Abraham Lincoln apparently used to stand in front of a mirror, every day and ask: ‘Am I a better person today, than I was yesterday?’

It has two implications

You get outdated everyday

To upgrade, is one’s obligation

From my own experience, I can tell that there is no better challenge and inner drive than to outperform ourselves. ‘Competing with self’, not only pushes us to excel – putting us on a much higher platform when competing with the external world — it also provides an absolute and never- ending benchmark.

Philosophical Outlook

Each of us has our own combination of strengths and idiosyncrasies. God has taken care to see that no two of his human models are identical, physically, psychologically or in combination, which makes each of us as a unique offering. We’re not like tomatoes or potatoes that look alike and trade as a commodity. Philosophically speaking, therefore, each of us forms a unique proposition and none logically is in competition with anyone else.

This realisation opens our minds and gives us a healthy outlook to the world and ourselves, with greater respect and no hatred. There is no enemy!

Choice is ours

There is nothing more compellingly constructive than competing with oneself. It is the most beautiful and progressive concept. From my experience, if we compete with our own self, our competitive spirit will never exhaust! It finally comes down to making an individual choice! We need to decide if we want to be the follower — who is defined and measured vis-à-vis someone else — or the leader, who will set standards for others. Either we believe that we are a commodity or are unique. If a commodity, then compete with all others like us. If, instead, we believe we are unique — compete with the self!

The choice is entirely ours.

Ask an ICF-credentialed coach to help you take the next step forward on your own journey to develop new leadership skills

If you need support on your organisation’s and/or leader’s coaching journey, do contact us at ICF and our team of volunteers in India will be happy to help.

The International Coaching Federation (ICF) is the world’s largest organisation leading the global advancement of the coaching profession and fostering the role of coaching as an integral part of a thriving society. Founded in 1995, its 40,000-plus members located in more than 145 countries and territories work toward common goals of enhancing awareness of coaching and upholding the integrity of the profession through lifelong learning, and upholding the highest ethical standards. Through the work of its six unique family organisations, ICF empowers professional coaches, coaching clients, organisations, communities and the world through coaching. In India, ICF is represented by six vibrant chapters, all led by volunteers — ICF Bengaluru, ICF Chennai, ICF Delhi NCR, ICF Mumbai, ICF Pune and ICF Hyderabad.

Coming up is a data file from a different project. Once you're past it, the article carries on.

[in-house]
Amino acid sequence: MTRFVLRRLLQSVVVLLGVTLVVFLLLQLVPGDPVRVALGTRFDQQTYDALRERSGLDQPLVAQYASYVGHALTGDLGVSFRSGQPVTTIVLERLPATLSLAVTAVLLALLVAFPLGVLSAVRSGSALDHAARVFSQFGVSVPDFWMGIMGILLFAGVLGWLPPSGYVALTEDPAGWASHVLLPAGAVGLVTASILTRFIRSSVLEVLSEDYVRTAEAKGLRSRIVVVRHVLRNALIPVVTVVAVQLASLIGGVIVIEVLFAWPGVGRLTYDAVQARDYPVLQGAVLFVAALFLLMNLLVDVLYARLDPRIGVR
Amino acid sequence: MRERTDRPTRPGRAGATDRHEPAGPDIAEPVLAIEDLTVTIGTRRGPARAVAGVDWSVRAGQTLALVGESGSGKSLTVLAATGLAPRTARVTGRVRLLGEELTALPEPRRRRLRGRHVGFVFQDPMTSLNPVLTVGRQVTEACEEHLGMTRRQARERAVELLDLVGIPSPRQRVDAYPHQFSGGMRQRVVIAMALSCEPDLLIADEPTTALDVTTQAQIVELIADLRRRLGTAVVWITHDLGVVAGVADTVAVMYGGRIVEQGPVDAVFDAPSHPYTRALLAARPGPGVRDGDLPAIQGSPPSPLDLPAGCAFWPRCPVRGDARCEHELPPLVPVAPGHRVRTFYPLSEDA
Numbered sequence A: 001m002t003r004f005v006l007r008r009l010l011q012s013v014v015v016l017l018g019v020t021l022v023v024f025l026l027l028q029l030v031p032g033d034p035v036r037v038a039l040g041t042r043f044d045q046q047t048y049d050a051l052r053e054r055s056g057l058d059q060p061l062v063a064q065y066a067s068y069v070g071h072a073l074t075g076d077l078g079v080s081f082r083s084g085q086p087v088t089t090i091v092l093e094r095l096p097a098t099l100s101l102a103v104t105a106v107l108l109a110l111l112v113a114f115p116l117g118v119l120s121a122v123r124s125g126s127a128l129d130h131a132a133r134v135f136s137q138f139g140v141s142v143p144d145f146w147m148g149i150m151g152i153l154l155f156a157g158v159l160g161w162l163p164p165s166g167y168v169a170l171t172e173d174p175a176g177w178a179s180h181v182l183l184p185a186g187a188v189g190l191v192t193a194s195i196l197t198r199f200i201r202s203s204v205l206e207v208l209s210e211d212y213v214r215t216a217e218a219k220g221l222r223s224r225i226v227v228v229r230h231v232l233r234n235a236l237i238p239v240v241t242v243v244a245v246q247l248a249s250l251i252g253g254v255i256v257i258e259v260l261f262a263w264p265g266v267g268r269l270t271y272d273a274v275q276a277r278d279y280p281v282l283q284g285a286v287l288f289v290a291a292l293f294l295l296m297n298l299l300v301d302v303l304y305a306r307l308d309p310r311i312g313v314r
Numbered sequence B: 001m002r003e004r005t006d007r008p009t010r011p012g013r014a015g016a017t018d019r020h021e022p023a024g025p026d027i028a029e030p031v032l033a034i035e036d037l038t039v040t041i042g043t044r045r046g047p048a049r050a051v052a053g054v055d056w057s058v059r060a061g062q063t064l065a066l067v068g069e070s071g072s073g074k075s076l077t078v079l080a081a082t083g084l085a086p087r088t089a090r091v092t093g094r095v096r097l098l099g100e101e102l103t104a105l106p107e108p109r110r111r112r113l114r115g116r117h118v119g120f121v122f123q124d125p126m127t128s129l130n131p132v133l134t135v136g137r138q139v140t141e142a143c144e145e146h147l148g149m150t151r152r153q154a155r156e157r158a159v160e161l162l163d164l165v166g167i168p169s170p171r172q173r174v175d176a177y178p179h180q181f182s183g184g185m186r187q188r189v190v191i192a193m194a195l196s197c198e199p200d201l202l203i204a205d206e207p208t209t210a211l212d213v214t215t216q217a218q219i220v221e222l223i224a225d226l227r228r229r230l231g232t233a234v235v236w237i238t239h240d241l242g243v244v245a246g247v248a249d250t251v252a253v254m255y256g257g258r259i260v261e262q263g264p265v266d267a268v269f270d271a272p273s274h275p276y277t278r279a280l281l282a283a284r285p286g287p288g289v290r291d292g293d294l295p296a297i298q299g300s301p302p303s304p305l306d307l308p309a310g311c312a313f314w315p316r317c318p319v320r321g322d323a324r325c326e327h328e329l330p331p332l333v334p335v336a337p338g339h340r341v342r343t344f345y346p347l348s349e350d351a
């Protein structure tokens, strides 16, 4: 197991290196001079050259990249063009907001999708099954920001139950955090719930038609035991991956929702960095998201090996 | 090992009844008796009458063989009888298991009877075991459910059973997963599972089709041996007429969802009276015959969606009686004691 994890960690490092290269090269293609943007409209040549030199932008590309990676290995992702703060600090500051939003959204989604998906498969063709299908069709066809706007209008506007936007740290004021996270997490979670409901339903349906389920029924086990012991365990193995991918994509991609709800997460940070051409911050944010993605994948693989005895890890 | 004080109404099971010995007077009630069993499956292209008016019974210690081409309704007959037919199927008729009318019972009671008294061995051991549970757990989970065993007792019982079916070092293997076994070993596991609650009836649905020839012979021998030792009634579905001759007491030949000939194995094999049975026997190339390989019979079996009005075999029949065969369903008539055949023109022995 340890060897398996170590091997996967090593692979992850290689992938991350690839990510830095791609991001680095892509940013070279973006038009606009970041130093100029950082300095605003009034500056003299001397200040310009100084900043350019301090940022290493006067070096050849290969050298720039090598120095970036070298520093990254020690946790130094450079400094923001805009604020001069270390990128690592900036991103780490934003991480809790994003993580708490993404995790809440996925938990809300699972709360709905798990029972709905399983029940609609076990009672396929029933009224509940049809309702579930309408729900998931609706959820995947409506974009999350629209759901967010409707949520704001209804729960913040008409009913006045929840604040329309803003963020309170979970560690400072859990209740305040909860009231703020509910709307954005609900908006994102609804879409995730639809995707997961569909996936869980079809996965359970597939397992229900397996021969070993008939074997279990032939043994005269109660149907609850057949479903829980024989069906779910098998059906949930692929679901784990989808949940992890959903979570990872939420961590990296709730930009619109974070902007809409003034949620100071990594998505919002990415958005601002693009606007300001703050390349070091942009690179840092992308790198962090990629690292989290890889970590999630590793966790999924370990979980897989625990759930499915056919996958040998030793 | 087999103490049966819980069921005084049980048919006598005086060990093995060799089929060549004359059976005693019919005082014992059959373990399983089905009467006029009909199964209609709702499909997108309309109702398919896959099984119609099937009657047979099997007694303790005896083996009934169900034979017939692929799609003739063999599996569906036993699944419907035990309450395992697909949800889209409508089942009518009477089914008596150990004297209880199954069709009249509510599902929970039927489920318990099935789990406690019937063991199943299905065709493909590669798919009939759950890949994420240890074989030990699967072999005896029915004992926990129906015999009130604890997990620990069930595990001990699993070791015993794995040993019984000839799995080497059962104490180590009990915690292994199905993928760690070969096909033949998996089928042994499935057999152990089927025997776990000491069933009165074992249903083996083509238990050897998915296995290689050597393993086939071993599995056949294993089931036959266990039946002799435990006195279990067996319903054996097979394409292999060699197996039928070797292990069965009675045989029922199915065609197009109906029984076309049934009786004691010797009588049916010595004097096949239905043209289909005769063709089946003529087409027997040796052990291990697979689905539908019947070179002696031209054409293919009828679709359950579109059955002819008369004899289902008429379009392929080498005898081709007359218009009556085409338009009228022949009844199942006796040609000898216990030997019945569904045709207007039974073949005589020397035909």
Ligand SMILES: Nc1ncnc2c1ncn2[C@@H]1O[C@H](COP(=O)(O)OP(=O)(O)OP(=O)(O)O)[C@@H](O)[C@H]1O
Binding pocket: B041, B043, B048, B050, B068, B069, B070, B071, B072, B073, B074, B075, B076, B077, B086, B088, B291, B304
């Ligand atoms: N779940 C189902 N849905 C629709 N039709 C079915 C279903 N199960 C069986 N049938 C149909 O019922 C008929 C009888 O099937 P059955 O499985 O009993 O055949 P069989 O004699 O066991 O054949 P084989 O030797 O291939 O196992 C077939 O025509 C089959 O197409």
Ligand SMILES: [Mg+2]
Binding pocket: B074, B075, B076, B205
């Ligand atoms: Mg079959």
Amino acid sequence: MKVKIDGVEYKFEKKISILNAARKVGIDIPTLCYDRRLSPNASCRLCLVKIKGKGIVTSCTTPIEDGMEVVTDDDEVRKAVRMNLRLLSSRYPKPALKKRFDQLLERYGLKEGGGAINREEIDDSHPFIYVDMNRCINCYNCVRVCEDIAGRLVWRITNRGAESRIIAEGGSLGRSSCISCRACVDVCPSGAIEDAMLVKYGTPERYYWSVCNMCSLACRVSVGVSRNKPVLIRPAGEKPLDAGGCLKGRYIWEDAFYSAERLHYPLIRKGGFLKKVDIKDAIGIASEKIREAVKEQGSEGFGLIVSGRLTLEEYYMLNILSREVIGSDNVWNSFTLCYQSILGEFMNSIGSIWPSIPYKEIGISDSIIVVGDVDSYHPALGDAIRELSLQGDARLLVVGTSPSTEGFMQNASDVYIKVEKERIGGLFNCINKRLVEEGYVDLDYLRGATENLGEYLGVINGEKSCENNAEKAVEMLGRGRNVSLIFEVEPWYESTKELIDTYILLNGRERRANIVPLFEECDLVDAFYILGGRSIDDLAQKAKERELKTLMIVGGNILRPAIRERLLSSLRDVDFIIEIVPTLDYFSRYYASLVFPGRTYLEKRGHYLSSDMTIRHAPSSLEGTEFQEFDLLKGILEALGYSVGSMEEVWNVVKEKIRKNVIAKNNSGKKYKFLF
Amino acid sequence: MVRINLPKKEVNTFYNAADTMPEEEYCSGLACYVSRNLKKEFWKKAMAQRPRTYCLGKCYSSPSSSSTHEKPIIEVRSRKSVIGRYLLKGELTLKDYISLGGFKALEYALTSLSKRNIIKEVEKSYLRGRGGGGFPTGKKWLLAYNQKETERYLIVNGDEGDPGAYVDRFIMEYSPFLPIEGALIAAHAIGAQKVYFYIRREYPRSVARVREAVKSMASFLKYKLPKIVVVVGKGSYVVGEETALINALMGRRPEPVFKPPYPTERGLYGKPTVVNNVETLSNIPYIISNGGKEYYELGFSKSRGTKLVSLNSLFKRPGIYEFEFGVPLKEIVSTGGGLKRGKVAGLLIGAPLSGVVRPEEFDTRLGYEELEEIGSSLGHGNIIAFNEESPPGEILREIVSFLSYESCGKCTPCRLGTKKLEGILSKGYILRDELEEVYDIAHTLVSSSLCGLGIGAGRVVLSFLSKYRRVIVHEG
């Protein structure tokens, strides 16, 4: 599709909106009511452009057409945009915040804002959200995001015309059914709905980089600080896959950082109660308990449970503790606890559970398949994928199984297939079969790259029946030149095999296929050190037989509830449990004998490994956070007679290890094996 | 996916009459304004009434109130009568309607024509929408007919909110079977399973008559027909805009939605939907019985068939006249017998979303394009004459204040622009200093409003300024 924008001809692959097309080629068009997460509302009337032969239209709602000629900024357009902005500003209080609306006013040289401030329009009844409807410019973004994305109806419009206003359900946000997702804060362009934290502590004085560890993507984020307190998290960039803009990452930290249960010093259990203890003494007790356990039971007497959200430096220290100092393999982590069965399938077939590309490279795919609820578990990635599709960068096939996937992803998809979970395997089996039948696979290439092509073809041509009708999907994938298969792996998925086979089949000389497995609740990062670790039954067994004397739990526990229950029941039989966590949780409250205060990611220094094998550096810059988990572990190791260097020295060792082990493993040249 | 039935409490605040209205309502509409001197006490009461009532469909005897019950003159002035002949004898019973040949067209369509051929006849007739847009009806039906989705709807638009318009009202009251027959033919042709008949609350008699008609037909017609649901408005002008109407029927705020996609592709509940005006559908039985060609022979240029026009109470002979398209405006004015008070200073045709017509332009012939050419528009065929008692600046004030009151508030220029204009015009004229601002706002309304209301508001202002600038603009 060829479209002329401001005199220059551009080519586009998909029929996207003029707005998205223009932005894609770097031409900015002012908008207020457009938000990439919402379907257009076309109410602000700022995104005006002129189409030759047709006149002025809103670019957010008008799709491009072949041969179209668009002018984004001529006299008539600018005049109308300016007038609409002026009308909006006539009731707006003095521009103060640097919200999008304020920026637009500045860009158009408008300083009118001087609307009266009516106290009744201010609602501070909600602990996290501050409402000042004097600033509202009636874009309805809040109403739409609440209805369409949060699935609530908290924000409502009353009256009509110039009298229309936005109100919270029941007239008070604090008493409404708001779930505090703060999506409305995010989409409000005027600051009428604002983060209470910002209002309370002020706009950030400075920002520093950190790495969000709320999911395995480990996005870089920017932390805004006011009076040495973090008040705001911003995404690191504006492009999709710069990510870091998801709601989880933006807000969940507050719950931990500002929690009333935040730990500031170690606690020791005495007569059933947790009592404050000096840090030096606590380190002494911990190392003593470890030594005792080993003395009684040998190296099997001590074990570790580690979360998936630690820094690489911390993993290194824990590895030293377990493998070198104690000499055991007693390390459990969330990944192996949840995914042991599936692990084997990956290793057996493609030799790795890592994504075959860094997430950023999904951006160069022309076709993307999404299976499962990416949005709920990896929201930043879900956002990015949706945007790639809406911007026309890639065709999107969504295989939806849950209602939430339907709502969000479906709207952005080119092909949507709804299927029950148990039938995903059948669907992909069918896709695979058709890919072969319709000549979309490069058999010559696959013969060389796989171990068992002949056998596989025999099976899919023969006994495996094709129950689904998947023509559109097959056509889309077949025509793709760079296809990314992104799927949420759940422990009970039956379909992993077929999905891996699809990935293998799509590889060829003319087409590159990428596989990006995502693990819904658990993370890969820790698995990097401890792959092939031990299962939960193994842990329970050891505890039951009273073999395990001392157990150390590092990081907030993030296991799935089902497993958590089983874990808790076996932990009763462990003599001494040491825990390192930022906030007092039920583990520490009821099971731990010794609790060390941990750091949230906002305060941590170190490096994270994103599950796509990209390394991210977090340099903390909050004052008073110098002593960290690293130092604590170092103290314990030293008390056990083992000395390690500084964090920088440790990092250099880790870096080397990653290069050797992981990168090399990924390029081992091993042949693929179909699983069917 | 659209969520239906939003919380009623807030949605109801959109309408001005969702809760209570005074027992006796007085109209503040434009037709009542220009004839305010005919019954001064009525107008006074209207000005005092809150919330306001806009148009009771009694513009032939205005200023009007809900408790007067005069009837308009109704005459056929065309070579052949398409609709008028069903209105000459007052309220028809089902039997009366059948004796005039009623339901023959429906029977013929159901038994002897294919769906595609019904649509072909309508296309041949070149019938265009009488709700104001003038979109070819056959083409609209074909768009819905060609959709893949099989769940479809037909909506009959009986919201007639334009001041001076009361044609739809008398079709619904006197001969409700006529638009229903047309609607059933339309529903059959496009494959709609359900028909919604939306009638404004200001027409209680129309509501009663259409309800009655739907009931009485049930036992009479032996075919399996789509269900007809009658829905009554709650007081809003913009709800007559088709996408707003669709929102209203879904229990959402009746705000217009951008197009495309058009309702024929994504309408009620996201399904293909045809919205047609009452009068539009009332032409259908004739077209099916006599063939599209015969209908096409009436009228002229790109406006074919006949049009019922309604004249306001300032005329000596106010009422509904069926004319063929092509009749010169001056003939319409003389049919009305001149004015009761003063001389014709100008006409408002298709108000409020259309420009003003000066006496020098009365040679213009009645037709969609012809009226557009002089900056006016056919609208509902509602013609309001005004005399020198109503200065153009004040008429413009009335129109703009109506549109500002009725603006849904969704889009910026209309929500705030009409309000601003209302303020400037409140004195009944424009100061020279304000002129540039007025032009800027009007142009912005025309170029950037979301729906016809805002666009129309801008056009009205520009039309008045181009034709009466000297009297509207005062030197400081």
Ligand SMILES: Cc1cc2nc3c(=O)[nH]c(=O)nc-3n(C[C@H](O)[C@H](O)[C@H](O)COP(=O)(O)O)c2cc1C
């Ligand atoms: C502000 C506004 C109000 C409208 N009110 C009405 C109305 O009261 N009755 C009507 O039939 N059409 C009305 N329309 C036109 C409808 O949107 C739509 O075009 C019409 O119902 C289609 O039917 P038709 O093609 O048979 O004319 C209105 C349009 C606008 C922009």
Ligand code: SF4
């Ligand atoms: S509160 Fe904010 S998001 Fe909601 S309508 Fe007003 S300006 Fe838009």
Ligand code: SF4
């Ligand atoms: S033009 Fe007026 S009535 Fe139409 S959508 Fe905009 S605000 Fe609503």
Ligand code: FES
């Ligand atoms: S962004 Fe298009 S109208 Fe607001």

The author, Yatin Samant is an ICF PCC-credentialed coach with more than 34 years of corporate working career across a diverse set of industries, nationality/geographies and culture in different function areas. He has previously been the P&L head and SBU head/CEO. He retired early to dedicate himself to the cause of leadership development and human leveraging in general, pioneering the ‘Inside-Out’ learning pathway vs the conventional ‘Outside-In’ pathway. He has over 1000 hours of coaching experience and has been on the board of Education Organisation in India as an independent director. He has published two poetry books and over 100 articles in English / Marathi.

4 COMMENTS

  1. Excellent…… The article invokes the perspective to identify individual capabilities and to re-evaluate strengths and weaknesses , prior to comparing with outward resources.
    Very self elevating, healthy insight ?

  2. Very insightful Yatin. This is a paradigm shift and requires a huge mindset transformation. From an org perspective must have a top down support to make this change happen. Multifarious challenges are to be understood n process changes.. for example .. appraisal systems .. met expectations VS exceeded expectations . It will be great to understand how this has been implemented in org context as also in individual context.

  3. Very well written article. Competing with self also enables compassion for others who are ‘seemingly’ behind you because you understand that they are also in competition with self.